- In an exclusive interview with Arab News, the LA-based musician said she hopes the song inspires women to see that with patience and perseverance anything can happen.
JEDDAH: With the long-awaited day when Saudi women can finally drive drawing near, a Saudi singer-songwriter based in Los Angeles has written a song to mark the historic occasion.
Called simply “Drive,” Tamtam’s take on the breakthrough reform covers a range of emotions: Happiness, pride and even surprise.
Millions around the world shared the news that Saudi women would be allowed to drive when it was announced last fall, and with all the preparations taking place, the singer wanted to take part in the best way she could. So she wrote the lyrics to a song that mirrored the exciting events ahead.
Tamtam’s release focuses on the themes of freedom, equality and empowerment that she has explored in her music since the start of her career in 2012.
In an exclusive interview with Arab News, the LA-based musician said she hopes the song inspires women to see that with patience and perseverance anything can happen.
“If I had to use one word to describe the feeling, it would be hope. Women in Saudi are ready to have a bigger voice and become more independent.
“This is a huge step forward for all of us. The country is showing us that they know we are ready, and they are here to support us and help launch us forward,” said Tamtam.
Her song’s lyrics include the words: “We know what we want, we know it’s our time, let go of past perceptions, tomorrow is mine, we got drive” — suggesting that it’s time to look forward and stop looking back at what once was.
The verse mirrors the narrative many Saudis are sharing with the world, empowered by the dramatic changes Crown Prince Mohammed bin Salman is accomplishing with Vision 2030 and beyond.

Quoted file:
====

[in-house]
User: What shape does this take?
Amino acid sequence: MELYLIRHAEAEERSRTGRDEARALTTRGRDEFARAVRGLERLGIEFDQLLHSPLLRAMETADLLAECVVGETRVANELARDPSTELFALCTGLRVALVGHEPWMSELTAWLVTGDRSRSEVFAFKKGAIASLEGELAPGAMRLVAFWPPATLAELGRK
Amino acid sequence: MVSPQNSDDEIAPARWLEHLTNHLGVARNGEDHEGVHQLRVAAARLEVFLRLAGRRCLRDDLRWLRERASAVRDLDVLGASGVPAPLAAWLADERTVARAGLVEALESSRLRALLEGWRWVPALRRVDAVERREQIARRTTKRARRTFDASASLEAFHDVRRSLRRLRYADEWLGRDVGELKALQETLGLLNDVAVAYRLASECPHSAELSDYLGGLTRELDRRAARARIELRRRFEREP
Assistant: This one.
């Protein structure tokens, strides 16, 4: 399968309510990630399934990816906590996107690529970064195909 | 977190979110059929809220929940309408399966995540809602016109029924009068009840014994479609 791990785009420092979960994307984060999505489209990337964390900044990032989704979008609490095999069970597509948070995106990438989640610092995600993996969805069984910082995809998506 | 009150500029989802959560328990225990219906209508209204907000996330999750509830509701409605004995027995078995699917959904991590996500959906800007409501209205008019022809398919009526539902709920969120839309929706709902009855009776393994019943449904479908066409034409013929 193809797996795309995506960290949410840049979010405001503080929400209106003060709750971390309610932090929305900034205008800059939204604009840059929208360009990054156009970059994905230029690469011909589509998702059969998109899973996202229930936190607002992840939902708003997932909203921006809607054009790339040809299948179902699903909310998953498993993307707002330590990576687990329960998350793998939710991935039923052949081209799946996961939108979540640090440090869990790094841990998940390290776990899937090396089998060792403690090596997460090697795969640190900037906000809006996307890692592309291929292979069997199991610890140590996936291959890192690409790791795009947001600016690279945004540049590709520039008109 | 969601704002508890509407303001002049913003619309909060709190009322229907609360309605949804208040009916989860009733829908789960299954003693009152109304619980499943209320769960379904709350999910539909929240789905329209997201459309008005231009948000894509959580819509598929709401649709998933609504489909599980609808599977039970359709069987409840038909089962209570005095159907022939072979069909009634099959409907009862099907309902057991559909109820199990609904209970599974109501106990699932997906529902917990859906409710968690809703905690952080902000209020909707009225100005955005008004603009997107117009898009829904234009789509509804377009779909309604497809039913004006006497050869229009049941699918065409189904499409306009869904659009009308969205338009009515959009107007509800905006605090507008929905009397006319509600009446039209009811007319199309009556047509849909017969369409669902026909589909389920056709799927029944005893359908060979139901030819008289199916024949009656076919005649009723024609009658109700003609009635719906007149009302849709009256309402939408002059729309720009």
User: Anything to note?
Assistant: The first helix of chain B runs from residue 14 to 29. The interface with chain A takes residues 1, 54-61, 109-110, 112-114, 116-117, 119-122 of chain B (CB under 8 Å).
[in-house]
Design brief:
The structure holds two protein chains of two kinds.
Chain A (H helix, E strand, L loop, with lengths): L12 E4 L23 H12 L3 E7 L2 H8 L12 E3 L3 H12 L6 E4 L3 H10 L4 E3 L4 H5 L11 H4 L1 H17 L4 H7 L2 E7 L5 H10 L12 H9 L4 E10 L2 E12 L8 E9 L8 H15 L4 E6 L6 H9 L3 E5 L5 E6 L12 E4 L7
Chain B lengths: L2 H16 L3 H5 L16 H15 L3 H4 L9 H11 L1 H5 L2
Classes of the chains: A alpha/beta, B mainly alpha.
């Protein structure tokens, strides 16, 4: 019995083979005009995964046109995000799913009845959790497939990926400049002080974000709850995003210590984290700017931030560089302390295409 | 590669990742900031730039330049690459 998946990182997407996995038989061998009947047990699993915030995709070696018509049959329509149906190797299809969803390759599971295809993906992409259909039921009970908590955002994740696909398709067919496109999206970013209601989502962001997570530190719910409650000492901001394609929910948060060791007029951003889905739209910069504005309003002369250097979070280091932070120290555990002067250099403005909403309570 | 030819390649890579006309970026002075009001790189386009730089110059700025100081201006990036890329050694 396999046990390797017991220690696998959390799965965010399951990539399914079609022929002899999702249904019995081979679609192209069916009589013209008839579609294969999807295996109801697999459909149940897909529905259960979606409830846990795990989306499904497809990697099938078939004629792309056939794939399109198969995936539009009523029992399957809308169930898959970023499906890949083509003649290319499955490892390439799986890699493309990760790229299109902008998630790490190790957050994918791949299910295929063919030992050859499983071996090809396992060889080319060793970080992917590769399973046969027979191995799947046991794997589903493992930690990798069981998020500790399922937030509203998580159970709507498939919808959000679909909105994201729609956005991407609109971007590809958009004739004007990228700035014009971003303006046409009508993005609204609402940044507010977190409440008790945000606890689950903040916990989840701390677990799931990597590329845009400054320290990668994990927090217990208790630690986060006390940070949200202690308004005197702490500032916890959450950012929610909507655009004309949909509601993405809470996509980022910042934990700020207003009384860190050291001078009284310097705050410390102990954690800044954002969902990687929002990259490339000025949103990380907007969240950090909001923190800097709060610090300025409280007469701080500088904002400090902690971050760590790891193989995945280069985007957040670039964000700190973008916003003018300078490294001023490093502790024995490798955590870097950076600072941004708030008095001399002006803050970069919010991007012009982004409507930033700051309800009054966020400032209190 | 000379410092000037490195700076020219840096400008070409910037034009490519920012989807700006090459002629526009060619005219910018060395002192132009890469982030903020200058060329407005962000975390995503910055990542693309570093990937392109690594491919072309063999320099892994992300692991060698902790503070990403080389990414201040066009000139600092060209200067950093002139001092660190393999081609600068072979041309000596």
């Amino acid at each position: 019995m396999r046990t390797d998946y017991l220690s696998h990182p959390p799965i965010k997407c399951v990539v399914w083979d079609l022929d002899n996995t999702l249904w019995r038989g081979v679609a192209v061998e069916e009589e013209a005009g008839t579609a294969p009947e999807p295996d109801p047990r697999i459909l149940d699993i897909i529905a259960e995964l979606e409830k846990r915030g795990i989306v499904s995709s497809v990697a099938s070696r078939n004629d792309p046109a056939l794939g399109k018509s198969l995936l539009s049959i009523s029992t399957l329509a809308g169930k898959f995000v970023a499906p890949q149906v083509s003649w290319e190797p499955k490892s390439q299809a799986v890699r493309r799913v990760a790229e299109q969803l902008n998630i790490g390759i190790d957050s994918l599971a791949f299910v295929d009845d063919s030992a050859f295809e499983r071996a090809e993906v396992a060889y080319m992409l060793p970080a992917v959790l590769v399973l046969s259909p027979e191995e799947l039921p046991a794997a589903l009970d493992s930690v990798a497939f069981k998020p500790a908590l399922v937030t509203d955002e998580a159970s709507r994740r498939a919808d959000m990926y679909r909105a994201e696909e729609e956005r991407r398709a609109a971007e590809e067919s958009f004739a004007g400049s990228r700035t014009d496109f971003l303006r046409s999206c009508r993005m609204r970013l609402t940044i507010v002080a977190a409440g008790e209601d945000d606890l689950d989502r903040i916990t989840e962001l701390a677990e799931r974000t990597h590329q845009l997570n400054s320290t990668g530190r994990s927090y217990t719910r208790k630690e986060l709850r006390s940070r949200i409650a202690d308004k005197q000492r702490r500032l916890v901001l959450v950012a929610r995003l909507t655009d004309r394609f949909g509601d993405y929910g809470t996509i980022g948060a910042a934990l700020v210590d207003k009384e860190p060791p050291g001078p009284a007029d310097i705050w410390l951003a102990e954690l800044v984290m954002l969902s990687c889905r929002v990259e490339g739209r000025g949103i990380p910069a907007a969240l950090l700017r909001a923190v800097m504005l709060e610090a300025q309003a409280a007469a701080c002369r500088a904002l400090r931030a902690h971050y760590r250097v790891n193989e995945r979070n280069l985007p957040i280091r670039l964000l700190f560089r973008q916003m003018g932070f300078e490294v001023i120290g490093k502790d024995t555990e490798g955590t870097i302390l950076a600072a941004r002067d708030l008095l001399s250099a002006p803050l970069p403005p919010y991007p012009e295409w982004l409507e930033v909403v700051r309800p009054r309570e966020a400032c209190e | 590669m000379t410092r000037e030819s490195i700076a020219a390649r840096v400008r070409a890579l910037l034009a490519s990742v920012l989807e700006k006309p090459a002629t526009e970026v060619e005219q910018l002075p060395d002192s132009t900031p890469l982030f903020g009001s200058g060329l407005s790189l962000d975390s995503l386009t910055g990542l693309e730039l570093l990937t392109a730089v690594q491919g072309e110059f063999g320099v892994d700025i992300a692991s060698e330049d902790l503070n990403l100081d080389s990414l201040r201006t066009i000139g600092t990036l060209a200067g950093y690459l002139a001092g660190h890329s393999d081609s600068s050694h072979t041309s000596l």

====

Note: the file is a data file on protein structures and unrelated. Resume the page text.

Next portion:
Tamtam, inspired by the late Michael Jackson, started singing aged 15. She wrote her first single, “Little Girl,” while attending high school in California after her family moved to the US from Riyadh. Her singing and songwriting have been influenced by events around her, always related to current issues with a twist of optimism.
Whether it’s her strong vocals or hauntingly beautiful voice, Tamtam’s music transcends expectations. This young Saudi is singing and making a name for herself in the City of Angels, and her positive energy is reflected in her music.
As Saudis embrace a host of reforms, Tamtam believes many Westerners are shocked by the news. Yet people forget that Saudi is a relatively young country and more good changes will come, she said.
“With hope comes more aspirations, dreams, new achievements and positive energy.”
The “Drive” video is uplifting, with playful, artistic imagery, and soulful and empowering vocals. The singer and her friends wear white, representing peace and femininity, and drive a yellow Ford Mustang convertible (Tamtam’s dream car).
“Whenever I’m in a car, especially if there is traffic or it’s a long drive, I always turn on music to put me in a better mood. Driving is so much more enjoyable with music,” said Tamtam. “I hope that this song will be blasting through car speakers everywhere.”
So the question is: Will Tamtam get her Saudi license, too?
“Yes, I can’t wait,” is the answer, obviously.